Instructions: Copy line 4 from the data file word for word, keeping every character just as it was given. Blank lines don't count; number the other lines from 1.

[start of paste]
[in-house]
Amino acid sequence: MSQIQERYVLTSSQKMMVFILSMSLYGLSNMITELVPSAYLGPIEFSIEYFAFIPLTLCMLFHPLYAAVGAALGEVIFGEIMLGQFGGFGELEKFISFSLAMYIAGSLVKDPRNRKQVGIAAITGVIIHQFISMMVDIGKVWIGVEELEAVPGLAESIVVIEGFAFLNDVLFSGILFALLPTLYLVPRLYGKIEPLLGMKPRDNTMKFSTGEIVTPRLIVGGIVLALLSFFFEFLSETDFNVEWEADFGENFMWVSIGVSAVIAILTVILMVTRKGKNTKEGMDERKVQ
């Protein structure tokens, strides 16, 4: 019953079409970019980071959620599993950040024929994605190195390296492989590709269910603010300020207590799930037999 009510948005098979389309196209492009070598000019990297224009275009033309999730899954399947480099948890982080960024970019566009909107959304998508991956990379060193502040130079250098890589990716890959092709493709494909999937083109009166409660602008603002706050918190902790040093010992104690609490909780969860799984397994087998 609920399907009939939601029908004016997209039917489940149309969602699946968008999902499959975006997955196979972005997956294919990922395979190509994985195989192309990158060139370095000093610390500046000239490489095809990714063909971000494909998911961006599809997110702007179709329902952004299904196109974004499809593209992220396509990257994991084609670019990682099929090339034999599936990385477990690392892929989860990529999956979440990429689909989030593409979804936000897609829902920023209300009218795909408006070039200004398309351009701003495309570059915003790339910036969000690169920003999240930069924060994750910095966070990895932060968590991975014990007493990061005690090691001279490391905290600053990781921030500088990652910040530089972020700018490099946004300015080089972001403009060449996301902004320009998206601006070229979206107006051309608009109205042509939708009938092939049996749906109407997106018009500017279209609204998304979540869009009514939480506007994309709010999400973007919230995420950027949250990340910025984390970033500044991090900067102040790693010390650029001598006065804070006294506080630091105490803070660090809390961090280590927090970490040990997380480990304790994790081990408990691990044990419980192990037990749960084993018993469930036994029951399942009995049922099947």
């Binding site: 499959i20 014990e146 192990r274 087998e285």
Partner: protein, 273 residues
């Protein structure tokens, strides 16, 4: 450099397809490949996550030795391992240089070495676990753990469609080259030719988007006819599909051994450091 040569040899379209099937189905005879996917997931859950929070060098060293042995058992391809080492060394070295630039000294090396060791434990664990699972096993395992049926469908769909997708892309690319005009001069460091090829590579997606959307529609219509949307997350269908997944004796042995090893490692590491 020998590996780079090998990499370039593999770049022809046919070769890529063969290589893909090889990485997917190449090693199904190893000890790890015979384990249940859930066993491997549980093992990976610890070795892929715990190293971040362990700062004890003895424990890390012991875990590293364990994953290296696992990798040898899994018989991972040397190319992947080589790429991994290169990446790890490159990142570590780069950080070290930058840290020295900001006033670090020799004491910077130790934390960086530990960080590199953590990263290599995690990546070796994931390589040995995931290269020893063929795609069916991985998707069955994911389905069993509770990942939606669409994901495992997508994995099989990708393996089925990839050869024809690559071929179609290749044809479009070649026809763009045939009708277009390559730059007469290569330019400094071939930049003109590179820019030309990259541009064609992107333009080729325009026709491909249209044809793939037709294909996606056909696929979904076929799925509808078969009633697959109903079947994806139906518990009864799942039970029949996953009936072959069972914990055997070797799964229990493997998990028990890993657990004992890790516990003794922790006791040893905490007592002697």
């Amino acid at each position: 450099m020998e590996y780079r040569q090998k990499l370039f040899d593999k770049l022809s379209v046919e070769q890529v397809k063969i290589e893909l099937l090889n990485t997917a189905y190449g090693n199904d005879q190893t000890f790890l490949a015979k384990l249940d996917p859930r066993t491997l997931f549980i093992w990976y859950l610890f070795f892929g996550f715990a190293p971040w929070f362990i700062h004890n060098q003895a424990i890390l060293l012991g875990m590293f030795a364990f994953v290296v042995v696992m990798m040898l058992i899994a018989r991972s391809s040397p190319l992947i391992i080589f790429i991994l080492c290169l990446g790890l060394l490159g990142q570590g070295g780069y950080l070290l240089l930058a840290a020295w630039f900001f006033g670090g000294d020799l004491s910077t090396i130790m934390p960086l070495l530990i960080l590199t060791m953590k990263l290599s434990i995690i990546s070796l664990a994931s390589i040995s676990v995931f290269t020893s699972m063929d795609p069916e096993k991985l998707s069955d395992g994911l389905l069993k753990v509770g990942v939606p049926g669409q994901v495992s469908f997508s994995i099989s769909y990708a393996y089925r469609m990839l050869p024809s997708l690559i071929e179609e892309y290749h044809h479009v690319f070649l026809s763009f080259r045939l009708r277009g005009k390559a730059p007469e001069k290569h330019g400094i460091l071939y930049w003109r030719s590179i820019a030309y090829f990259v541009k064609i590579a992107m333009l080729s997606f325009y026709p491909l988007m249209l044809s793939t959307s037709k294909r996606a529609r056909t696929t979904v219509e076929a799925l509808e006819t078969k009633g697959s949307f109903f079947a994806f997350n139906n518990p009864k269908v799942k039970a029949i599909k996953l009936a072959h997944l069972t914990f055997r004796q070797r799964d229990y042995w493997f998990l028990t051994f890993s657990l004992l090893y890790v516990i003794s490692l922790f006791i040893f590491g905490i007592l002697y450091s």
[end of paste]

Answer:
């Binding site: 499959i20 014990e146 192990r274 087998e285």